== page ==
“The person or group who discovered this gap did not contact AT&T,” Siegel said. “AT&T was informed by a business customer on Monday of the potential exposure of their iPad ICC-IDs.”
AT&T is still investigating the breach and will inform all customers whose email addresses and ICC-IDs may have been breached.
All Sizzle, No Steak?
The breach is a tempest in a teacup, Carl Howe, director of anywhere research at the Yankee Group, told the E-Commerce Times.
“People can find out your email address. Who knew?” Howe said. “Most people are sending their email addresses to hundreds of people every day and don’t worry about security.”
“Activation and registration that requires an email address is very common in the software industry,” ESET’s Harley pointed out. “Its use in terms of the iPad is entirely consistent with Apple’s security model which is, in many ways, very effective.”
Hackers won’t get much out of the information gleaned from the attack, Howe said.
“You can’t do anything with the iPad serial number, it’s not terribly useful to anyone else other than A&T,” Howe remarked. “The hackers have the serial numbers of iPads and their owners’ email addresses, and that’s all,” he said.
“It’s a design flaw, certainly, but its impact is mostly in terms of bad public relations,” ESET’s Harley said. “It’s mostly AT&T’s bad luck that it was picked up by a group that saw an easy way to get some publicity. It seems to me that the risk has been somewhat overstated.”
The real impact of the hack will be inconvenience for iPad owners, Howe said.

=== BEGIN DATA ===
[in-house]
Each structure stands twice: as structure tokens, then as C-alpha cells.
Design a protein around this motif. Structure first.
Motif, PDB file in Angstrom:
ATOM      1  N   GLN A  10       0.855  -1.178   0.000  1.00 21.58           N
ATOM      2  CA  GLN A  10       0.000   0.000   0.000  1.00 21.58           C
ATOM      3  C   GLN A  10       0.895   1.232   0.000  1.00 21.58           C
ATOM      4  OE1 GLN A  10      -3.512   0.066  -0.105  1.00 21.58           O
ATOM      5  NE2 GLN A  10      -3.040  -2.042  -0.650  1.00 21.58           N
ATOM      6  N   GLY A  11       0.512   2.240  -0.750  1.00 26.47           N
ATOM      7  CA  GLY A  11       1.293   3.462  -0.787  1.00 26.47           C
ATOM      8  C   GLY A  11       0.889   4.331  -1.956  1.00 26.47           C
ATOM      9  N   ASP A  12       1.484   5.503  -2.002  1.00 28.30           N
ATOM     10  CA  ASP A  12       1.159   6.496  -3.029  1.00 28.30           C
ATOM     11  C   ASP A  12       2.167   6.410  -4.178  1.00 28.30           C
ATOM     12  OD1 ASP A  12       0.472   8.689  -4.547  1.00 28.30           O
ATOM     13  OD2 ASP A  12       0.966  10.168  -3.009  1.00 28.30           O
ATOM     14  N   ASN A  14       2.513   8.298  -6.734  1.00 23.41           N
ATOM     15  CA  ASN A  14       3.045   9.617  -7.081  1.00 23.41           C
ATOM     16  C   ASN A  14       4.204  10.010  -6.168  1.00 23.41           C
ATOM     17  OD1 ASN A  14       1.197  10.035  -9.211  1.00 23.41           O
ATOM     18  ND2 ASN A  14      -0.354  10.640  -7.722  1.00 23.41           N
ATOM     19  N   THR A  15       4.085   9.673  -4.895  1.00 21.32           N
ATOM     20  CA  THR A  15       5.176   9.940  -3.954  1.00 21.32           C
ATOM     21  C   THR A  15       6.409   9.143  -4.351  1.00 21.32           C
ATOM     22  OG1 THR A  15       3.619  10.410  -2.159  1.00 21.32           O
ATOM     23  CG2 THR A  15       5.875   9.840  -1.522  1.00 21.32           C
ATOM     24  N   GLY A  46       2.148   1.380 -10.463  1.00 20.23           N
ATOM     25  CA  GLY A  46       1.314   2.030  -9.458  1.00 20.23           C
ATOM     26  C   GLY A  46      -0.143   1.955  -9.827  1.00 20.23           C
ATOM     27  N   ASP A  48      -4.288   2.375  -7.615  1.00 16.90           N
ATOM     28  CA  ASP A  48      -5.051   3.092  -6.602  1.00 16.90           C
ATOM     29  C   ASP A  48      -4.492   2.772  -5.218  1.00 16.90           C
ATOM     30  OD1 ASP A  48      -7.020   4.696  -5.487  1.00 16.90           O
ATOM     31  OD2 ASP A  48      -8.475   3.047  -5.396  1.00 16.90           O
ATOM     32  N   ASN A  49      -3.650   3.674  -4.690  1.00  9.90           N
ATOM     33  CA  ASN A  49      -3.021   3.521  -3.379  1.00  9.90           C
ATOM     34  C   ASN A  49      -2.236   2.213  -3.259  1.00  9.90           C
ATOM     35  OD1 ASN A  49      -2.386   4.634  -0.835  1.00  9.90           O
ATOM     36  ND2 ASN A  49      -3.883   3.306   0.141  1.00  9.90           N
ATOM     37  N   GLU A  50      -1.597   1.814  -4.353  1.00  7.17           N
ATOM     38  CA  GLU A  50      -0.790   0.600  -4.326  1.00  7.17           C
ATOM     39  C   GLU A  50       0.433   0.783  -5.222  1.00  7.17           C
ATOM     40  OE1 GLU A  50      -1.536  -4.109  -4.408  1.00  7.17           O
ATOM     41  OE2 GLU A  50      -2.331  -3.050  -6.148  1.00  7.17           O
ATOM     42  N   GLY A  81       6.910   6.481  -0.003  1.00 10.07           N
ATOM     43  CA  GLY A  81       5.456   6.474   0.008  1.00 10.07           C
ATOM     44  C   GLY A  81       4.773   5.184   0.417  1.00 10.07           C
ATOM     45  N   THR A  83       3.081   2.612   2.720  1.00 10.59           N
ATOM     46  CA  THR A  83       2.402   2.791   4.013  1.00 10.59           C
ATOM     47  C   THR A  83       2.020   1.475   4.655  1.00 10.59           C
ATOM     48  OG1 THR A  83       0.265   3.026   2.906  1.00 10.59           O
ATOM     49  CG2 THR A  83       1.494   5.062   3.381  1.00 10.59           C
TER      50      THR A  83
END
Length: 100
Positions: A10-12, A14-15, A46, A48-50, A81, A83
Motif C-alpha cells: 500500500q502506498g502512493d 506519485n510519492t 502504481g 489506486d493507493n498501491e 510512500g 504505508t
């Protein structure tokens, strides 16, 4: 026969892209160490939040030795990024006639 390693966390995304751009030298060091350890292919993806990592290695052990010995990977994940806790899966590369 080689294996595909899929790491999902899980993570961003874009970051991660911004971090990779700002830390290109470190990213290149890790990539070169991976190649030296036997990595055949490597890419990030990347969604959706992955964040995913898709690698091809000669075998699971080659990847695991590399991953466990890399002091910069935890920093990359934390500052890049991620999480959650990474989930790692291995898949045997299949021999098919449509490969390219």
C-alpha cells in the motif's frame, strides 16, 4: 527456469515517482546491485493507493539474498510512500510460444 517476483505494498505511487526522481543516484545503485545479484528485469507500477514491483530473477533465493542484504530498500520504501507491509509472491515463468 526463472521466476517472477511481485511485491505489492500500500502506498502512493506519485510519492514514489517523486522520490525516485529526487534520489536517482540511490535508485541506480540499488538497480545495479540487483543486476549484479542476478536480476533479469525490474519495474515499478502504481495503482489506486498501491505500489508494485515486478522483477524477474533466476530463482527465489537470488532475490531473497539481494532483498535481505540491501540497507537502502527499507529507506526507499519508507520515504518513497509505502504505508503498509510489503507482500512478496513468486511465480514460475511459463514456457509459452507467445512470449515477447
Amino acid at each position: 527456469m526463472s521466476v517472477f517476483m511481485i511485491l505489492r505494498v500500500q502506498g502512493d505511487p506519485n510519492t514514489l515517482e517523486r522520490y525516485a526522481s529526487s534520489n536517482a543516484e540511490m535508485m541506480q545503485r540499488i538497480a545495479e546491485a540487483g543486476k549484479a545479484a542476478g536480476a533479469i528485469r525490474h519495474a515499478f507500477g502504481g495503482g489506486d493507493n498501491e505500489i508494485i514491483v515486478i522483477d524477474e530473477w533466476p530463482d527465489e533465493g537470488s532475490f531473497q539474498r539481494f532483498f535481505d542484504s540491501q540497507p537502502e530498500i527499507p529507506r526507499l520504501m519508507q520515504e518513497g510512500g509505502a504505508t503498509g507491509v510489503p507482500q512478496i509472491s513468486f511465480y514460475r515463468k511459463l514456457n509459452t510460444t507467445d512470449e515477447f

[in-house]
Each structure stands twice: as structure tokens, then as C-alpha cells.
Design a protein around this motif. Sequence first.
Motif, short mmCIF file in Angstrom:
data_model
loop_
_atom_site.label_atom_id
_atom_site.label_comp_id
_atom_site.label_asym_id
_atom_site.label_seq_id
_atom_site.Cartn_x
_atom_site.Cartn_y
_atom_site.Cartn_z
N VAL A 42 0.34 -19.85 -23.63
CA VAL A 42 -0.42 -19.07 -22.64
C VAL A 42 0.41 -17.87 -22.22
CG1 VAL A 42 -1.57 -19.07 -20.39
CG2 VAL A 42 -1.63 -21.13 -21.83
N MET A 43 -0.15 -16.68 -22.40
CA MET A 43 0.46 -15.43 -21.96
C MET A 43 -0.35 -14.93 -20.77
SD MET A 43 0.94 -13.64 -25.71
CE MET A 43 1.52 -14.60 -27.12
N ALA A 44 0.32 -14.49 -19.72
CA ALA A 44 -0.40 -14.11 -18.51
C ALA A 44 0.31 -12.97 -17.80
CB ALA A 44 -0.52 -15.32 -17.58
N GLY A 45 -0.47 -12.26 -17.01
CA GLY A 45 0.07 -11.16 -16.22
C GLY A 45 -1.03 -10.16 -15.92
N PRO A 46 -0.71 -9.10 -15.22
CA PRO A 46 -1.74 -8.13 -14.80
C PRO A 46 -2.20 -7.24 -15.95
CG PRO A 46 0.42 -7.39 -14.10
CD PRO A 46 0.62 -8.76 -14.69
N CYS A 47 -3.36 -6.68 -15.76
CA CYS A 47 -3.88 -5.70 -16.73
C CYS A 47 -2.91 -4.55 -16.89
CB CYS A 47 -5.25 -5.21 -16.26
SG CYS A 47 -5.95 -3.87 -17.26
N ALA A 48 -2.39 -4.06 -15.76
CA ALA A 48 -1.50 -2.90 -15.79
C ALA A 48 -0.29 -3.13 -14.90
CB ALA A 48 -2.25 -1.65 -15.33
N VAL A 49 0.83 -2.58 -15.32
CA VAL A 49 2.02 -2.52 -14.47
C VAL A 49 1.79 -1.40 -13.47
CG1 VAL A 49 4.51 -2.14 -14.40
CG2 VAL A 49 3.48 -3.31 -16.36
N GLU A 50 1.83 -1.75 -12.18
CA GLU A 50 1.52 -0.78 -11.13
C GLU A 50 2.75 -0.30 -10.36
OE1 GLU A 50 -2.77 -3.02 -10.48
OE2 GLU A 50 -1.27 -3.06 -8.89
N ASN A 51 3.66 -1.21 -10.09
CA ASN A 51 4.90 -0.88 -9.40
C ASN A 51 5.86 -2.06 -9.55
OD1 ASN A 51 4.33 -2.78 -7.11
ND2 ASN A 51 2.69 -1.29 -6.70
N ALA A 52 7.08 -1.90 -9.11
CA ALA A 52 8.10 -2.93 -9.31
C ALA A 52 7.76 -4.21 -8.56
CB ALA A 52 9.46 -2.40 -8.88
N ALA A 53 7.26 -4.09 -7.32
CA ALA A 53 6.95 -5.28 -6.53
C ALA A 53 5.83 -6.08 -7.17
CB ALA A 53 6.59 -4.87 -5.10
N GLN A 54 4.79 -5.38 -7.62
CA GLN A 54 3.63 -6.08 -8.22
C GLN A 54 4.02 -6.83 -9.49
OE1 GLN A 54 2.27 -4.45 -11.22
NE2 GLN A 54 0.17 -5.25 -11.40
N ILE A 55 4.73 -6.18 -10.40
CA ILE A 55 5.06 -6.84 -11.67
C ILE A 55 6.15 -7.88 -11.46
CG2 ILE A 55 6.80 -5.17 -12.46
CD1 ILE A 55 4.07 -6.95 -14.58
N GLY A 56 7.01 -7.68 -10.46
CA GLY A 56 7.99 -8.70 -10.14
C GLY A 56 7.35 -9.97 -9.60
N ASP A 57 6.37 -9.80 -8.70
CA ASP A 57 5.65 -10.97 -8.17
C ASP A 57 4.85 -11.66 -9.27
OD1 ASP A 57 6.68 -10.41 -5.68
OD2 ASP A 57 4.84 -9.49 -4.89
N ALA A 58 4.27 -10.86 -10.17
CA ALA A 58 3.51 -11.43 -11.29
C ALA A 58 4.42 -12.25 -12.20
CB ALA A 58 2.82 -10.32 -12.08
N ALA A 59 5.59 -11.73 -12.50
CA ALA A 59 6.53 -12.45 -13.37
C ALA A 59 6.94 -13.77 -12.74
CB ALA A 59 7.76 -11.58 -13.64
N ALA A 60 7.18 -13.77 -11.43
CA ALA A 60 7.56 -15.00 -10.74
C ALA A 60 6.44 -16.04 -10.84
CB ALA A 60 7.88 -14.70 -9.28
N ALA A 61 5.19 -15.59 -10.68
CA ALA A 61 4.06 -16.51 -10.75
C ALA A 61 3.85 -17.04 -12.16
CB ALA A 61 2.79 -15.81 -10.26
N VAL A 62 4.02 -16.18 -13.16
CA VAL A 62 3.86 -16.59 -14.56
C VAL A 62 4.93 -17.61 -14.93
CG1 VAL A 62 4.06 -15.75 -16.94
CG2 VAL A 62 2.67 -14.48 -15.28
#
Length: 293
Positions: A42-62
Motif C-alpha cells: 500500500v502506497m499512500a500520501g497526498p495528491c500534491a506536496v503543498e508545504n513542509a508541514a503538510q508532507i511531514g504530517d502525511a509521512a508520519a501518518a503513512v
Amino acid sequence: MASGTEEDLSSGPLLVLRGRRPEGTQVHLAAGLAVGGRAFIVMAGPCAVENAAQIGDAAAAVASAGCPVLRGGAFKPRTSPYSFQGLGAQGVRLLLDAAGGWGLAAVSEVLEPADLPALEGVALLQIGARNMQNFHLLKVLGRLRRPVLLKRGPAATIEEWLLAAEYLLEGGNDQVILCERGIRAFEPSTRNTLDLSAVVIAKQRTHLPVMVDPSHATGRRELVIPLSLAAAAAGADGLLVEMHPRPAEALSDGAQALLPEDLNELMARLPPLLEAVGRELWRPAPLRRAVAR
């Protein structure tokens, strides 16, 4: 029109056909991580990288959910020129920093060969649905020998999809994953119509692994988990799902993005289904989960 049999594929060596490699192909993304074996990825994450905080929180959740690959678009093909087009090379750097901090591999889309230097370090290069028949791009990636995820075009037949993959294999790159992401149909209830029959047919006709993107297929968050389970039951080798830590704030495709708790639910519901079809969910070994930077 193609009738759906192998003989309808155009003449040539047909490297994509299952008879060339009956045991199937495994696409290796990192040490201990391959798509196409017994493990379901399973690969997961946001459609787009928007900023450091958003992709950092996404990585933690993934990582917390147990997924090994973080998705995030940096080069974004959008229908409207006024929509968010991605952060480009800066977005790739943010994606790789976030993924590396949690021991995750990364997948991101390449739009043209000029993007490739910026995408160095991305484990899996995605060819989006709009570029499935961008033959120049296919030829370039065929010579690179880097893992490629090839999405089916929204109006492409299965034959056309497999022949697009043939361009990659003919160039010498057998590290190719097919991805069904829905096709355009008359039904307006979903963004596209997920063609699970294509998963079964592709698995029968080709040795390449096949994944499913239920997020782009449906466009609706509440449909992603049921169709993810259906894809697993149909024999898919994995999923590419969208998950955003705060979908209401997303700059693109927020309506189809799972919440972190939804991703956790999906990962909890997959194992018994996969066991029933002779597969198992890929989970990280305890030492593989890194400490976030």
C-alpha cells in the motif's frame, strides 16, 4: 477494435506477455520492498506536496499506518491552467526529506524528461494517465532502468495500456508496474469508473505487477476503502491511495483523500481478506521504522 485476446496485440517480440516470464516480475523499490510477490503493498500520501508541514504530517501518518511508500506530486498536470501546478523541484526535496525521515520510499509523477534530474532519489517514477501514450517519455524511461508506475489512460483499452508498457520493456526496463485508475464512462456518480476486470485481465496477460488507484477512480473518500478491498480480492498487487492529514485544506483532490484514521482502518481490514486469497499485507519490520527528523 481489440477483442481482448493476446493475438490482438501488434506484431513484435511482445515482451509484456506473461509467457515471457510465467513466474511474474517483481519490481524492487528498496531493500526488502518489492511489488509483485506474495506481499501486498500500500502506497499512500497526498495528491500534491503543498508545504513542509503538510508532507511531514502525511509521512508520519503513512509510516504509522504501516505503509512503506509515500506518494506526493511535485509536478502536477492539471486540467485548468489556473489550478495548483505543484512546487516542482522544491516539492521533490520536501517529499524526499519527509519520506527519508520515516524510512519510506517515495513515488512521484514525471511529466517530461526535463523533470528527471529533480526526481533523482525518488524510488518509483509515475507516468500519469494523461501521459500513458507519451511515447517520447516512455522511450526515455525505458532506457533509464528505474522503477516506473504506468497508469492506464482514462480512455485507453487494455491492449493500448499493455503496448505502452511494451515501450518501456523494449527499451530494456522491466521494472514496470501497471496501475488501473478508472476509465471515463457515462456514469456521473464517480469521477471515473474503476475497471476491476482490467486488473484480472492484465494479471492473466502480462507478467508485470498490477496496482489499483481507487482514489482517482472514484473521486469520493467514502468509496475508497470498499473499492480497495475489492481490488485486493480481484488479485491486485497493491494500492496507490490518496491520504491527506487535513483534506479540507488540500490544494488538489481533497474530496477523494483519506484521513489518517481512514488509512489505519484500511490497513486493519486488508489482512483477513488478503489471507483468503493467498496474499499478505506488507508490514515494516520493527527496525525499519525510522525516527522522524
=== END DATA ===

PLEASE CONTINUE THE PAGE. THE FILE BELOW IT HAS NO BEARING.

“AT&T were trying to make it easier to buy services by automatically filling in users’ email addresses when they ordered, say, an iPad app,” Howe explained. “Now you’ll have to type in your email address when you order something for the iPad on AT&T’s website.”
This is straight from Carl Howe’s bio:
"Carl Howe is a director for Yankee Group’s Anywhere Consumer research group"
Maybe you’ve just taken his comments out of context, but if not, next time contact a security expert for any security related comments.
"The breach is a tempest in a teacup, Carl Howe, director of anywhere research at the Yankee Group, told the E-Commerce Times"
We are talking about at least 114,000 emails of people. You could get good money for such a list which wouldn’t be the case if this data was easy to access without this leak. If you went up to the CEO or other higher ups on that list and asked for their email do you think they would just give it to you? No, they give it to they people they trust or want to have a relationship of some kind with. Having these emails compromised in a way where anybody who wanted to could see them is huge!
"You can’t do anything with the iPad serial number"
The article has already showed how this can be linked to an actual user via a photo. You have already seen what little info it took for the group to expose other data.
"The hackers have the serial numbers of iPads and their owners’ email addresses, and that’s all,"
The article identifies other information which is exposed.
"It’s mostly AT&T’s bad luck that it was picked up by a group that saw an easy way to get some publicity. It seems to me that the risk has been somewhat overstated."
WRONG! Part of my job involves programming. It’s very bad programming (or management decisions) that lead to this security issue. You do no expose private information without requiring some good form of authentication before hand, it’s that simple. This was really bad code that allowed this to happen.